Largely set in present day New Orleans, Midnight on Julia Street follows the gutsy, independent and stubborn tv news producer Corlis McCullough as she starts yet another new TV production job. Corlis has great instincts but she's a bit like a terrier - she doesn't give up on a story and isn't one to cave to politics or her networks' affiliations. This has held her back in her career and repeatedly gets her into hot water.
To add to the mix, she bumps heads with King Duvallon, an enemy of sorts from college. King and has frat brothers had poked fun at Corlis when she wrote for the college paper. Corlis had retaliated strongly and gotten King expelled. Decades later, the two find themselves somehow on the same side. Their truce, new friendship and possible romance heats up Midnight on Julia Street. The novel gets even more interesting with Corlis's new ability to see into the past. She somehow finds herself transported to New Orleans in the 1800s and her visits help her to piece together parts of a long forgotten mystery.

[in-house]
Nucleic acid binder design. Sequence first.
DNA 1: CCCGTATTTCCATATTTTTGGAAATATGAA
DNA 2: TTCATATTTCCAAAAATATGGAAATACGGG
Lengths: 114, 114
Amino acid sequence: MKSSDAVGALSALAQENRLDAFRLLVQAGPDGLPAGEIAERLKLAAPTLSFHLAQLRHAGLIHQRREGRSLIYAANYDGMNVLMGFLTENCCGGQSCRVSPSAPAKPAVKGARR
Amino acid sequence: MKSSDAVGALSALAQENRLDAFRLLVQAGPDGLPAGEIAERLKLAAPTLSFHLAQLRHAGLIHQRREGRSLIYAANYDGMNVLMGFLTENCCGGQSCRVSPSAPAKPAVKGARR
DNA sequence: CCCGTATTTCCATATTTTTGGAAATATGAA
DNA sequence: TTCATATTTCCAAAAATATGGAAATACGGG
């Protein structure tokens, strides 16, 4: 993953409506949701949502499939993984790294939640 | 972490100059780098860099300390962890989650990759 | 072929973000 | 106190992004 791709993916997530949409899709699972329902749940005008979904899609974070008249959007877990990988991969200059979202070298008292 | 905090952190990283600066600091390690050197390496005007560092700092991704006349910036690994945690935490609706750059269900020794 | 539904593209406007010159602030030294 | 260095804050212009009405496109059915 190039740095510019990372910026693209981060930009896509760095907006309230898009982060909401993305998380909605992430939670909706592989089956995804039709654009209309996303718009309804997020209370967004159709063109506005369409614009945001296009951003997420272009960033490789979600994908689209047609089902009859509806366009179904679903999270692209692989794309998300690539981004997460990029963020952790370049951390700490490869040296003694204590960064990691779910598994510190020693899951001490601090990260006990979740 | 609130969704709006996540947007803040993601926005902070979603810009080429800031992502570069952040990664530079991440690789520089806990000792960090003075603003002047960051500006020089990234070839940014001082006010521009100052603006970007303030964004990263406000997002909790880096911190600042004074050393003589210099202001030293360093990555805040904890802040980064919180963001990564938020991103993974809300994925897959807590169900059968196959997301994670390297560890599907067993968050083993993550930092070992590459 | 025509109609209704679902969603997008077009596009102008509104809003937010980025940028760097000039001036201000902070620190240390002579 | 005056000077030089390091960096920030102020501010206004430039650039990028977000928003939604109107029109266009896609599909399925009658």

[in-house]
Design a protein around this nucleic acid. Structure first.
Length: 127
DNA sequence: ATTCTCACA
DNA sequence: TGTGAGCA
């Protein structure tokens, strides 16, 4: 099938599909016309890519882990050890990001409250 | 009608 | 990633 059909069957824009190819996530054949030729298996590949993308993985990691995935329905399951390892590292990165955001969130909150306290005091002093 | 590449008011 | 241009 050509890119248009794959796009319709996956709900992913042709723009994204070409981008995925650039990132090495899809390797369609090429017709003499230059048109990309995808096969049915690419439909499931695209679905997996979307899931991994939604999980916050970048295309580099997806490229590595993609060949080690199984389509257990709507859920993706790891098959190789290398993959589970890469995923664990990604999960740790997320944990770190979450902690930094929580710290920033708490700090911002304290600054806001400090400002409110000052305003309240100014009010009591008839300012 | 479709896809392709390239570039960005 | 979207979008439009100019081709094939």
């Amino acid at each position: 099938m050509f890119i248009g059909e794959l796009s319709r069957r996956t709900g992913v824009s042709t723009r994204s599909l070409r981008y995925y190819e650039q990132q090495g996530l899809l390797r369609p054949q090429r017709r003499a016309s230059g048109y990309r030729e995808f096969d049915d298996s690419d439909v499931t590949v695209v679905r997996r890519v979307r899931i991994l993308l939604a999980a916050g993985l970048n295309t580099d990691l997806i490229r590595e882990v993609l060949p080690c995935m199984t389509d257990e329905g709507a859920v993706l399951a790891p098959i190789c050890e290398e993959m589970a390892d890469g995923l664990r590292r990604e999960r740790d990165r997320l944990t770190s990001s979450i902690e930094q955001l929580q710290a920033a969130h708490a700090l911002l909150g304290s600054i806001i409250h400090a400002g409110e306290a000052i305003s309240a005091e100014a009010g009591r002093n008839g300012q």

The novel isn't really paranormal, the trips to the past add to the storyline and act as a device to teach us about the main characters' relations and to reveal clues a mystery from the past. Midnight on Julia Street is a fun read. My one criticism is that I found Corlis's voice - especially in her internal monologues - a little annoying. That's just my personal opinion and I realize other people might connect better with the lead character. Overall, Midnight on Julia Street is a fun escape.
ISBN-10: 1402222726 - Paperback $15.99
Publisher: Sourcebooks Landmark; Reprint edition (August 1, 2011), 512 pages.
Review copy provided by the publisher.